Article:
Who should the Denver Outlaws draft in the second round?

By Topher Adams | May 7, 2024

The first overall pick will set the tone for Denver’s 2024 PLL Draft class. But the Outlaws, fresh off a last-place finish, need to land not just one, but several immediate contributors on draft night. 

Fortunately for head coach Tim Soudan, his team also owns both the ninth and 11th overall selections – plenty of ammunition to turn around a squad that won just one game last season.

“Picking one, nine and 11, I think we get three guys that start and are impactful right away,” Soudan said ahead of the draft, which begins Tuesday at 7 p.m. ET on ESPNU and ESPN+.

Two years ago, Soudan did this perfectly. He drafted Logan Wisnauskas first overall and Brendan Nichtern in the second round. Both players were All-Stars as rookies, Nichtern won PLL Rookie of the Year and the team made the playoffs. 

“We picked Wisnauskas No. 1 two years ago, and he was really good when we had Nichtern,” Soudan said.

Now, the Outlaws need to do it again. With three of the first 11 picks in the draft, Denver is in a position to add two immediate impact players, in addition to their superstar first pick.

Brennan O’Neill or Connor Shellenberger will likely be Denver’s new Batman in the first round. Here are the potential Robins available in Round 2:

The Dream: Matt Brandau, Yale

Denver needs a true X attackman. Nichtern is on the holdout list, and Jackson Morrill was traded to the Whipsnakes last season. Shellenberger could be that replacement, but if O’Neill is the pick at No. 1 overall, the Outlaws still need a quarterback behind the cage.

Brandau – the leading scorer in college lacrosse this season – would be the perfect fit. The Yale star racked up 101 points in 15 games this season to close out an illustrious collegiate career. But will he be available in the second round? 

Brandau is also one of the most malleable offensive pieces in the draft. He’s two-handed, an efficient passer and an effective goal-scorer. While primarily an on-ball creator for the Bulldogs, he’s also been a strong off-ball finisher.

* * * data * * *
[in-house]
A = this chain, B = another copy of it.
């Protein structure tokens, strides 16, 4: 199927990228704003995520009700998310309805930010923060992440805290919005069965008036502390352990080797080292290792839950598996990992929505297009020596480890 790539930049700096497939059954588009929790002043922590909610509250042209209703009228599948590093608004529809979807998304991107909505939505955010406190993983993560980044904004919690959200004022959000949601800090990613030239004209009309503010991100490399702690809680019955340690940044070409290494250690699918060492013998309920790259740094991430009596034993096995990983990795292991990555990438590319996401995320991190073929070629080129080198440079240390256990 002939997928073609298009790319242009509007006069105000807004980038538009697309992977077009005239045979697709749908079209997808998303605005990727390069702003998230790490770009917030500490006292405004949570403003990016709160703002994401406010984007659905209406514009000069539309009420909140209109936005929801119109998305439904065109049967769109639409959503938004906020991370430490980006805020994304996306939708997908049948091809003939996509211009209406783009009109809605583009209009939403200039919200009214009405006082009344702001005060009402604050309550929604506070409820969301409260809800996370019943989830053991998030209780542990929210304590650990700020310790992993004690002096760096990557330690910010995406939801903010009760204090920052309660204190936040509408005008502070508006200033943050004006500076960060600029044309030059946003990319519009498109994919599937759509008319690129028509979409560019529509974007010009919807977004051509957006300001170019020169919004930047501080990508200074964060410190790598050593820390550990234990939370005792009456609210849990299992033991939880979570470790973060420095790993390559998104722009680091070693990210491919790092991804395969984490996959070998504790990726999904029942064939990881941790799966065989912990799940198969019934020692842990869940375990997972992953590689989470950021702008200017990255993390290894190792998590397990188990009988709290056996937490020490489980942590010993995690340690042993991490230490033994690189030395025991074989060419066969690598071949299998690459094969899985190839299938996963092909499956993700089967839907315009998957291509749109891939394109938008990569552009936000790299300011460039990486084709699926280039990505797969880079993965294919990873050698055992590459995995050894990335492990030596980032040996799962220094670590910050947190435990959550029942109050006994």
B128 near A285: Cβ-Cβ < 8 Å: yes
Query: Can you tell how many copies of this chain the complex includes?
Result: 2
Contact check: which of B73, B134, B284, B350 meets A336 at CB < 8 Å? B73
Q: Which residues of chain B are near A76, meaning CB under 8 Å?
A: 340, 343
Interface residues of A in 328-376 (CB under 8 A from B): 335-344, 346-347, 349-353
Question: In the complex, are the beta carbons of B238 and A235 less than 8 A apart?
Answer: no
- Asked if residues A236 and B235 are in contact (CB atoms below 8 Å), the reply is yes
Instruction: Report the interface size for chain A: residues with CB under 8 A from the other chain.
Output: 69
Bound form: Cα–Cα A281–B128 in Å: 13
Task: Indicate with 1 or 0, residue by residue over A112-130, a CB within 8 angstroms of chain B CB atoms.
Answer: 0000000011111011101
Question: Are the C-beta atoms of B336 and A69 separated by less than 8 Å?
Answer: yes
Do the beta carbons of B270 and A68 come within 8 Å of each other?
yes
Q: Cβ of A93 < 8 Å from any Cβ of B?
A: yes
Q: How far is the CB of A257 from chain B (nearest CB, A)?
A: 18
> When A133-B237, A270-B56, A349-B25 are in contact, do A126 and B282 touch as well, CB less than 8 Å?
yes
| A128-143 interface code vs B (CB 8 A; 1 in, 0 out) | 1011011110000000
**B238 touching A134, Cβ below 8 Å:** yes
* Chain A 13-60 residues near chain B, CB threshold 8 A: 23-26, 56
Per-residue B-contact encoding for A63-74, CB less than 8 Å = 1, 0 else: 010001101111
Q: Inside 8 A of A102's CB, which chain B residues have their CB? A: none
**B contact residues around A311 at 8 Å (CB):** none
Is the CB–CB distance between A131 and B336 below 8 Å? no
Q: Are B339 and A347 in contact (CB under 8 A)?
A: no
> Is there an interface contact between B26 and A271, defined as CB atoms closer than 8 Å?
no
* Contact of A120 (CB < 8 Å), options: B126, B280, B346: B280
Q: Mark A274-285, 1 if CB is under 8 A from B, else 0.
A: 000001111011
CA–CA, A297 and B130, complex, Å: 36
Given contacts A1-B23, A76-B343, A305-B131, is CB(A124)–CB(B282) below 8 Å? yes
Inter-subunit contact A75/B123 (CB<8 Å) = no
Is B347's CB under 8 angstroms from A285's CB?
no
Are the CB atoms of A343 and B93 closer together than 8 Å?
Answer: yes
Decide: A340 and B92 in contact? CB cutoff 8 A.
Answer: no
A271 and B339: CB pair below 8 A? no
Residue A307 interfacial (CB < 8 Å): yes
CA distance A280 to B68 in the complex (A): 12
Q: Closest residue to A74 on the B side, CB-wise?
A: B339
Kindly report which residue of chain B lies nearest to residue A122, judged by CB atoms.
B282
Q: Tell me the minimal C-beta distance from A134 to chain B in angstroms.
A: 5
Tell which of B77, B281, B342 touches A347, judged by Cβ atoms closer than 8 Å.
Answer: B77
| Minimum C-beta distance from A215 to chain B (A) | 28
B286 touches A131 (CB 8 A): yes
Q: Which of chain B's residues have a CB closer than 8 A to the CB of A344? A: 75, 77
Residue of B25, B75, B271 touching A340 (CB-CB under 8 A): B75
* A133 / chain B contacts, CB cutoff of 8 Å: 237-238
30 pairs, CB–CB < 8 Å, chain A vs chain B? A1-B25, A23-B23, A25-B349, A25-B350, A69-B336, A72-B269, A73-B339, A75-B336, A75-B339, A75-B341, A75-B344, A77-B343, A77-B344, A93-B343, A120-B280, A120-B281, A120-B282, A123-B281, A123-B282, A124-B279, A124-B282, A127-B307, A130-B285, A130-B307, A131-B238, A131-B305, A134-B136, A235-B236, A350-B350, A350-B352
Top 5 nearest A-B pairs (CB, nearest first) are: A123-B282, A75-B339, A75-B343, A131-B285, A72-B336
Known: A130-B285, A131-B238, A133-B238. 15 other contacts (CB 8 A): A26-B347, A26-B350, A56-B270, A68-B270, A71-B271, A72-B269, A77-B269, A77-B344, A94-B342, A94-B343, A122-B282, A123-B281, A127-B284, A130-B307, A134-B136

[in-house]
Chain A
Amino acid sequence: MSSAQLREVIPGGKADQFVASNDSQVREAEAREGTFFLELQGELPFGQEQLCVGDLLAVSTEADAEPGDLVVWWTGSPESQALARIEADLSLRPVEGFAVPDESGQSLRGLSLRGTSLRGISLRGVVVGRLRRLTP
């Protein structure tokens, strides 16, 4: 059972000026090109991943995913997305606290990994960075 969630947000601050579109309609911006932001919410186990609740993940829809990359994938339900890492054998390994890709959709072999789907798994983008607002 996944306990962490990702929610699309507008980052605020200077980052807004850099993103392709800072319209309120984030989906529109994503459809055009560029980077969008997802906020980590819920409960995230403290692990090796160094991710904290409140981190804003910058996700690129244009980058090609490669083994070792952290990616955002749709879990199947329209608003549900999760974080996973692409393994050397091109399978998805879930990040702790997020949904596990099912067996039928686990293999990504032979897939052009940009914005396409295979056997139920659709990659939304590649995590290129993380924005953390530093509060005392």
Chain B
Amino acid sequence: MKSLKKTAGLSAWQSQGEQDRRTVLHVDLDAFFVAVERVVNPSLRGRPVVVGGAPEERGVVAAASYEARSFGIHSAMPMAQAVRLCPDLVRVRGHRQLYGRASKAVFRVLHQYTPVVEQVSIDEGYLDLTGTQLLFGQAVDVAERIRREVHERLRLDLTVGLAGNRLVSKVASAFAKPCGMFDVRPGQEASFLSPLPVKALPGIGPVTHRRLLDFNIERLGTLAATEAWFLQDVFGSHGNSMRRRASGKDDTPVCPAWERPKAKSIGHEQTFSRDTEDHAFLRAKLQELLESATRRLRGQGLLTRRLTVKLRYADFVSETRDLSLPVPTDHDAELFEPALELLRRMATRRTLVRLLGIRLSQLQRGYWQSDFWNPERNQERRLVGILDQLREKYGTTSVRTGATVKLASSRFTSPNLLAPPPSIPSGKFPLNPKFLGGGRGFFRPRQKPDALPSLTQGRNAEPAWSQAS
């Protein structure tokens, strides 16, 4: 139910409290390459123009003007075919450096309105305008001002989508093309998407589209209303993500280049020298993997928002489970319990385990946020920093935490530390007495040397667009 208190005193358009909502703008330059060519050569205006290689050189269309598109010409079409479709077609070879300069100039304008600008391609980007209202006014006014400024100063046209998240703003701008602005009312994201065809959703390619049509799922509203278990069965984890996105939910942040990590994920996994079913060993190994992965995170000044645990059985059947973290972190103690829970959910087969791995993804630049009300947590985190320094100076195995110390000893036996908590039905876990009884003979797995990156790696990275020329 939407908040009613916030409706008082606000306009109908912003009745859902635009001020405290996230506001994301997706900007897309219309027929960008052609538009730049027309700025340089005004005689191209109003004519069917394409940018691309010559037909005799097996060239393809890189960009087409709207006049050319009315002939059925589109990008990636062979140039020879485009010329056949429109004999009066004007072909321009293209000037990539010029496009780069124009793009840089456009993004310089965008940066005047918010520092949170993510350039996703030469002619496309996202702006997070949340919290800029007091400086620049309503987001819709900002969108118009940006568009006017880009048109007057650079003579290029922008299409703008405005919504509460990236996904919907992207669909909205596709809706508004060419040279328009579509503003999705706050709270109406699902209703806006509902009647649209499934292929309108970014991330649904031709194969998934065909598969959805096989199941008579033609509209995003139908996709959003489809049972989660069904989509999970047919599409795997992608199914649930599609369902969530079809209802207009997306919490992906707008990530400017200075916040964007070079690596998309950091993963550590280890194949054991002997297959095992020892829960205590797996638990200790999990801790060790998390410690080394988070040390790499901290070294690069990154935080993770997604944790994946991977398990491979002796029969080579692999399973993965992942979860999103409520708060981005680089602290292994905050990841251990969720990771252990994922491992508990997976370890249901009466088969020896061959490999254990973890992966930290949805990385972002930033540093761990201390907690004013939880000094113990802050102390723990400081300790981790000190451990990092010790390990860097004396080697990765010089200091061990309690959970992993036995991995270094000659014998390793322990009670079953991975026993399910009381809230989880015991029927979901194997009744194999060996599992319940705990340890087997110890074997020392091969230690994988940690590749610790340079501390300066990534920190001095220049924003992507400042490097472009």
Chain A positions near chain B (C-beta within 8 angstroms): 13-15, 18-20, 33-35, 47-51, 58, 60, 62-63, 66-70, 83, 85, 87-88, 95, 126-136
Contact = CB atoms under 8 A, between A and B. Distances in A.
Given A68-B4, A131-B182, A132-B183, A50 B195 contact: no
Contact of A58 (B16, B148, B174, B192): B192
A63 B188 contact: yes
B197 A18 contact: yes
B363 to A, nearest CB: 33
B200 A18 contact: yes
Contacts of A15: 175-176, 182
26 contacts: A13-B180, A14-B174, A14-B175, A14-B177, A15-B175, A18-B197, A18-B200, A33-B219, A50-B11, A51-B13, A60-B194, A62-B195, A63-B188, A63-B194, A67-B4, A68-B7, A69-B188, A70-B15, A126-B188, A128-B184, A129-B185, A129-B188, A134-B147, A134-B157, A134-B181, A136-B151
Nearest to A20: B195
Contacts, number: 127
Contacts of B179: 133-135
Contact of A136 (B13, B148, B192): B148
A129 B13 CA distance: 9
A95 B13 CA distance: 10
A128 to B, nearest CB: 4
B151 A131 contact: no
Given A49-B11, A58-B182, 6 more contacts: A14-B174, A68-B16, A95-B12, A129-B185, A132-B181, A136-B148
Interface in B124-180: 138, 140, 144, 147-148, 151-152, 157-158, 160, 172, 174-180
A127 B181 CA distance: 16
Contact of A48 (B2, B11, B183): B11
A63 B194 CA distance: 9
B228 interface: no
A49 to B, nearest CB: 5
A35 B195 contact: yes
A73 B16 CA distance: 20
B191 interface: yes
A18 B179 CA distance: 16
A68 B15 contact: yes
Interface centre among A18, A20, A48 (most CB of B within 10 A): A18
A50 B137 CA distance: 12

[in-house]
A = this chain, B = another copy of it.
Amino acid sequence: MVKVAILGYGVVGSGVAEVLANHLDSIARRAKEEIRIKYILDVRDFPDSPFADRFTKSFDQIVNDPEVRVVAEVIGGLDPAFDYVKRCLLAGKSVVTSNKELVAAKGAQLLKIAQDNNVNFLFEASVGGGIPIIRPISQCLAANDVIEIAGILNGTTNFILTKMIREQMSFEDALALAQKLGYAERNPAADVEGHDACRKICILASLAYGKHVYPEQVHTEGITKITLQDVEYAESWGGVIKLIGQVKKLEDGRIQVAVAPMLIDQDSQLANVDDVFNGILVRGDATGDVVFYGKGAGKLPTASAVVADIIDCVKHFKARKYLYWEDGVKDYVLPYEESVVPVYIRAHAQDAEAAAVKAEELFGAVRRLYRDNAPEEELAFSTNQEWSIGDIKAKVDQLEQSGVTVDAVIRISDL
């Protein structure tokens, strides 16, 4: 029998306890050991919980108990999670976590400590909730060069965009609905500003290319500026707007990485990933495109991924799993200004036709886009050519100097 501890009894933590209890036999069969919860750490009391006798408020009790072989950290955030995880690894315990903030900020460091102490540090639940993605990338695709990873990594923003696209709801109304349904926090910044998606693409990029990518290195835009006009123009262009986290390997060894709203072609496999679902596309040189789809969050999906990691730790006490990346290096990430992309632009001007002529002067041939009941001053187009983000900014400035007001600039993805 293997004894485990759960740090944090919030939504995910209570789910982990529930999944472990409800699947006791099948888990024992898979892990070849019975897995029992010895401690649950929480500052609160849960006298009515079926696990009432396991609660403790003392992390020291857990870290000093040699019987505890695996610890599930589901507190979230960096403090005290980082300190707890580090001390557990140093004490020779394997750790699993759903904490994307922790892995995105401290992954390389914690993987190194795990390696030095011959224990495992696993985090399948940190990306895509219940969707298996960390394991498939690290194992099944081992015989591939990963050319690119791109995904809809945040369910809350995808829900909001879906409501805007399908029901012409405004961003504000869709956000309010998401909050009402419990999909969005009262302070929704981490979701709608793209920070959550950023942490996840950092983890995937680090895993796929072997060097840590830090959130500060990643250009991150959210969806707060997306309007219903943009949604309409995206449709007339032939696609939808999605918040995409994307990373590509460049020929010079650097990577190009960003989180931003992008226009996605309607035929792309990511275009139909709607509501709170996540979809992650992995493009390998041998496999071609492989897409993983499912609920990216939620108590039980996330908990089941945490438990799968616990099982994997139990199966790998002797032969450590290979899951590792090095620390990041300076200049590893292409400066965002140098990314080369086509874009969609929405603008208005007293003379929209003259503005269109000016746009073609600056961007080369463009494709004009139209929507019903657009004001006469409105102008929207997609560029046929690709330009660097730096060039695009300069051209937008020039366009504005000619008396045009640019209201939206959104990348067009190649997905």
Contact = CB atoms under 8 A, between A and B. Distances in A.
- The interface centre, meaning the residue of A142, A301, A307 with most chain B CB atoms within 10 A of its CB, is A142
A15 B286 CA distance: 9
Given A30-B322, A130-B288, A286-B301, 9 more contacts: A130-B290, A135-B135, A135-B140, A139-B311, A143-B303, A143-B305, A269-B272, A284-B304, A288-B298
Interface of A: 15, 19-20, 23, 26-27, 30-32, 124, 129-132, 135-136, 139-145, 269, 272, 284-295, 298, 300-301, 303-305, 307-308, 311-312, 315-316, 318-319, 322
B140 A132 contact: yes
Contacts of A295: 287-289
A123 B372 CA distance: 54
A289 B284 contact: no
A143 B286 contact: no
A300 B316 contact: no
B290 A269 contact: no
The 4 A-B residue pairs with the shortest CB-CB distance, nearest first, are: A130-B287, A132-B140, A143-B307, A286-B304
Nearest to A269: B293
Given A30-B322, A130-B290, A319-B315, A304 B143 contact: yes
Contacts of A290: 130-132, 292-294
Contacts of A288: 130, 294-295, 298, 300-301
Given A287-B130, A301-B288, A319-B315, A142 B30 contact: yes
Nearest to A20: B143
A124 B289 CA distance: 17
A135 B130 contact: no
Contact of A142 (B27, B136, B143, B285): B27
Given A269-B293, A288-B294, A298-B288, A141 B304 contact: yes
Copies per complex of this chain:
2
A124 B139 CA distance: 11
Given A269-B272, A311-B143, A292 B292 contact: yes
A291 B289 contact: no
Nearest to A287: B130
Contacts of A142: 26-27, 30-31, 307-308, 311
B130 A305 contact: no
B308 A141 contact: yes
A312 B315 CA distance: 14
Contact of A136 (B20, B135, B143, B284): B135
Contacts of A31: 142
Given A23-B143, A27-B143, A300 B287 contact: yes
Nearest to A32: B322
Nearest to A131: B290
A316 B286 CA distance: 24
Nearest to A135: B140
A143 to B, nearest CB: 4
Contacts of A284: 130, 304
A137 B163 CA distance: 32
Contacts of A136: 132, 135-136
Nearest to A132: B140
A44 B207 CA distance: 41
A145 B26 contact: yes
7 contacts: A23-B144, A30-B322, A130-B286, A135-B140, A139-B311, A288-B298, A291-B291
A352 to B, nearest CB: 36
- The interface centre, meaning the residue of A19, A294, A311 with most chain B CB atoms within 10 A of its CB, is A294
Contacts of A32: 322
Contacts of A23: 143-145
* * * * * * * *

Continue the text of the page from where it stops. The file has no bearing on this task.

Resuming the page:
Even if Shellenberger goes first overall, Brandau would still be a massive addition for the Outlaws. He could slide in on the right wing or run out of the box and be a high-level contributor to complement Shellenberger and Wisnauskas.

The Midfielders: TJ Malone, Penn State; Graham Bundy, Georgetown

Sam Handley and Justin Anderson are the only locked-in contributors in Denver’s midfield. With Colin Heacock off to the Whipsnakes, there are several open spots in the Outlaws midfield. Even if Denver opts for another position at No. 9, a midfielder would be in play with the 11th pick, which the Outlaws acquired in the Morrill trade.

“There's going to be some middies that can be impactful for us right away,” Soudan said. 

Malone could’ve been a pro last year. Chaos extended a training camp invite to the Penn State star in 2023, but he opted to return to Happy Valley. That decision paid off with a second Big Ten Player of the Year award and an NCAA tournament appearance.

While he starts at attack for Penn State, Malone projects as a midfielder at the next level. He has an explosive first step and the ability to attack from X, the wing or up top. His skillset could make him the long-awaited heir to Ned Crotty in midfield.

Malone is a tricky fit for the Outlaws roster if O’Neill goes No. 1, however. O’Neill and Wisnauskas are both left-handed players who play in similar spots to Malone. If Denver picks Shellenberger, Malone would be a more comfortable fit.

Bundy would give Denver another powerful midfielder to partner with Handley. The Georgetown All-American is a dangerous goal-scorer with a hammer of a shot.

His shooting ability from range adds a different weapon to the Outlaws’ midfield unit. Handley is a playmaker, and Anderson is a versatile dodger. Bundy could be a field-stretching shooter and secondary initiator.

Denver also owns the third pick in Round 3 (No. 19 overall) and the first pick in Round 4 (No. 25).